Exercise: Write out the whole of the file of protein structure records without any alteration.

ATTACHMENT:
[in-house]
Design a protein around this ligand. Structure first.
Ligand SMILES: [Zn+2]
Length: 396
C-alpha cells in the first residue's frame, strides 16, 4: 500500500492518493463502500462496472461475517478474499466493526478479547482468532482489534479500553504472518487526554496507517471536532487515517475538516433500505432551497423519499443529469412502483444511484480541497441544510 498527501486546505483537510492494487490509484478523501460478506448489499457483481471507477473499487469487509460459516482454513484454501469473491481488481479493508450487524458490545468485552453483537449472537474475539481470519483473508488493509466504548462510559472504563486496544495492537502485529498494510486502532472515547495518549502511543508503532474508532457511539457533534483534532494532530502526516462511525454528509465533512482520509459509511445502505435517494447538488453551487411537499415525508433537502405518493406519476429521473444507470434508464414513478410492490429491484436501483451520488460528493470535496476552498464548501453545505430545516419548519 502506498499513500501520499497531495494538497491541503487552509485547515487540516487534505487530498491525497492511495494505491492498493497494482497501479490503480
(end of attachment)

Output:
[in-house]
Design a protein around this ligand. Structure first.
Ligand SMILES: [Zn+2]
Length: 396
C-alpha cells in the first residue's frame, strides 16, 4: 500500500492518493463502500462496472461475517478474499466493526478479547482468532482489534479500553504472518487526554496507517471536532487515517475538516433500505432551497423519499443529469412502483444511484480541497441544510 498527501486546505483537510492494487490509484478523501460478506448489499457483481471507477473499487469487509460459516482454513484454501469473491481488481479493508450487524458490545468485552453483537449472537474475539481470519483473508488493509466504548462510559472504563486496544495492537502485529498494510486502532472515547495518549502511543508503532474508532457511539457533534483534532494532530502526516462511525454528509465533512482520509459509511445502505435517494447538488453551487411537499415525508433537502405518493406519476429521473444507470434508464414513478410492490429491484436501483451520488460528493470535496476552498464548501453545505430545516419548519 502506498499513500501520499497531495494538497491541503487552509485547515487540516487534505487530498491525497492511495494505491492498493497494482497501479490503480